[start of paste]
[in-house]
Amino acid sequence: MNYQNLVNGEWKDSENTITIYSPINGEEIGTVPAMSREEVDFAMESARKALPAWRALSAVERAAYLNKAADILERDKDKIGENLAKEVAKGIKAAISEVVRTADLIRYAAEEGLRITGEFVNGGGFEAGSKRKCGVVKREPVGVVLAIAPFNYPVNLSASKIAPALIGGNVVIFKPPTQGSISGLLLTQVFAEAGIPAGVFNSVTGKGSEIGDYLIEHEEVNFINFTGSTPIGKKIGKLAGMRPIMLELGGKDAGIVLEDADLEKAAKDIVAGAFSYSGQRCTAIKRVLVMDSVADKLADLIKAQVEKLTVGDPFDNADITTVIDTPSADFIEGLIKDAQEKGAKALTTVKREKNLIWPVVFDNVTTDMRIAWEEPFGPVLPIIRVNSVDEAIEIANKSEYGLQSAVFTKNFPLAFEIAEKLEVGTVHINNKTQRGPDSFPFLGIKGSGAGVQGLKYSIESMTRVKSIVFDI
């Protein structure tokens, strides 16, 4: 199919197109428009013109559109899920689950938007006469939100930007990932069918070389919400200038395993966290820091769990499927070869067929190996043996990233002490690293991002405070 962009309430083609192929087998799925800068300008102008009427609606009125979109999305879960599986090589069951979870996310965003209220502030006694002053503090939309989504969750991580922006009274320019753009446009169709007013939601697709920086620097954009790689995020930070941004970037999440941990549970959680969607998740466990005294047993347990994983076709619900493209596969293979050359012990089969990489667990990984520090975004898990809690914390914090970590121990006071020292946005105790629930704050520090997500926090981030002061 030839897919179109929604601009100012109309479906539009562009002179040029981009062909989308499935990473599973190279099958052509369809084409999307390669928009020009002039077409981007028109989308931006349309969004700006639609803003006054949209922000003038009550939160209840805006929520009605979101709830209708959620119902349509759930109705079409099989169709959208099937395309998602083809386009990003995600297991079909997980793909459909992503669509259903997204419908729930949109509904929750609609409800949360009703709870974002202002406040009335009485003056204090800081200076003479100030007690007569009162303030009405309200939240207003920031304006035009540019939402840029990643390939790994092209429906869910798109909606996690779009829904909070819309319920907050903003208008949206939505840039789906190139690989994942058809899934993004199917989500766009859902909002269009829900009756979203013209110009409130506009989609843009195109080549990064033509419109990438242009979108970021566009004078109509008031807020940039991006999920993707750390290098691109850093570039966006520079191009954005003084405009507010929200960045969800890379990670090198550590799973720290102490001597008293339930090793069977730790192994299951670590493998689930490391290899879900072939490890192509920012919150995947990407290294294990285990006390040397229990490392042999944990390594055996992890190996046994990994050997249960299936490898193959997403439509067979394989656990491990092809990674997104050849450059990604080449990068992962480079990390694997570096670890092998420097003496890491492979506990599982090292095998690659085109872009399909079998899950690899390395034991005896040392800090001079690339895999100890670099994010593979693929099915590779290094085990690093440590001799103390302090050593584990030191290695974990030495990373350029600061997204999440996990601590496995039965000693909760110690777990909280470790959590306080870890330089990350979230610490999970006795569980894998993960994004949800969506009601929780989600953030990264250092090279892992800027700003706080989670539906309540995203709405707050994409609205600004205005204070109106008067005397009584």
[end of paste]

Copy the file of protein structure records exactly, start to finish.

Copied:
[in-house]
Amino acid sequence: MNYQNLVNGEWKDSENTITIYSPINGEEIGTVPAMSREEVDFAMESARKALPAWRALSAVERAAYLNKAADILERDKDKIGENLAKEVAKGIKAAISEVVRTADLIRYAAEEGLRITGEFVNGGGFEAGSKRKCGVVKREPVGVVLAIAPFNYPVNLSASKIAPALIGGNVVIFKPPTQGSISGLLLTQVFAEAGIPAGVFNSVTGKGSEIGDYLIEHEEVNFINFTGSTPIGKKIGKLAGMRPIMLELGGKDAGIVLEDADLEKAAKDIVAGAFSYSGQRCTAIKRVLVMDSVADKLADLIKAQVEKLTVGDPFDNADITTVIDTPSADFIEGLIKDAQEKGAKALTTVKREKNLIWPVVFDNVTTDMRIAWEEPFGPVLPIIRVNSVDEAIEIANKSEYGLQSAVFTKNFPLAFEIAEKLEVGTVHINNKTQRGPDSFPFLGIKGSGAGVQGLKYSIESMTRVKSIVFDI
């Protein structure tokens, strides 16, 4: 199919197109428009013109559109899920689950938007006469939100930007990932069918070389919400200038395993966290820091769990499927070869067929190996043996990233002490690293991002405070 962009309430083609192929087998799925800068300008102008009427609606009125979109999305879960599986090589069951979870996310965003209220502030006694002053503090939309989504969750991580922006009274320019753009446009169709007013939601697709920086620097954009790689995020930070941004970037999440941990549970959680969607998740466990005294047993347990994983076709619900493209596969293979050359012990089969990489667990990984520090975004898990809690914390914090970590121990006071020292946005105790629930704050520090997500926090981030002061 030839897919179109929604601009100012109309479906539009562009002179040029981009062909989308499935990473599973190279099958052509369809084409999307390669928009020009002039077409981007028109989308931006349309969004700006639609803003006054949209922000003038009550939160209840805006929520009605979101709830209708959620119902349509759930109705079409099989169709959208099937395309998602083809386009990003995600297991079909997980793909459909992503669509259903997204419908729930949109509904929750609609409800949360009703709870974002202002406040009335009485003056204090800081200076003479100030007690007569009162303030009405309200939240207003920031304006035009540019939402840029990643390939790994092209429906869910798109909606996690779009829904909070819309319920907050903003208008949206939505840039789906190139690989994942058809899934993004199917989500766009859902909002269009829900009756979203013209110009409130506009989609843009195109080549990064033509419109990438242009979108970021566009004078109509008031807020940039991006999920993707750390290098691109850093570039966006520079191009954005003084405009507010929200960045969800890379990670090198550590799973720290102490001597008293339930090793069977730790192994299951670590493998689930490391290899879900072939490890192509920012919150995947990407290294294990285990006390040397229990490392042999944990390594055996992890190996046994990994050997249960299936490898193959997403439509067979394989656990491990092809990674997104050849450059990604080449990068992962480079990390694997570096670890092998420097003496890491492979506990599982090292095998690659085109872009399909079998899950690899390395034991005896040392800090001079690339895999100890670099994010593979693929099915590779290094085990690093440590001799103390302090050593584990030191290695974990030495990373350029600061997204999440996990601590496995039965000693909760110690777990909280470790959590306080870890330089990350979230610490999970006795569980894998993960994004949800969506009601929780989600953030990264250092090279892992800027700003706080989670539906309540995203709405707050994409609205600004205005204070109106008067005397009584």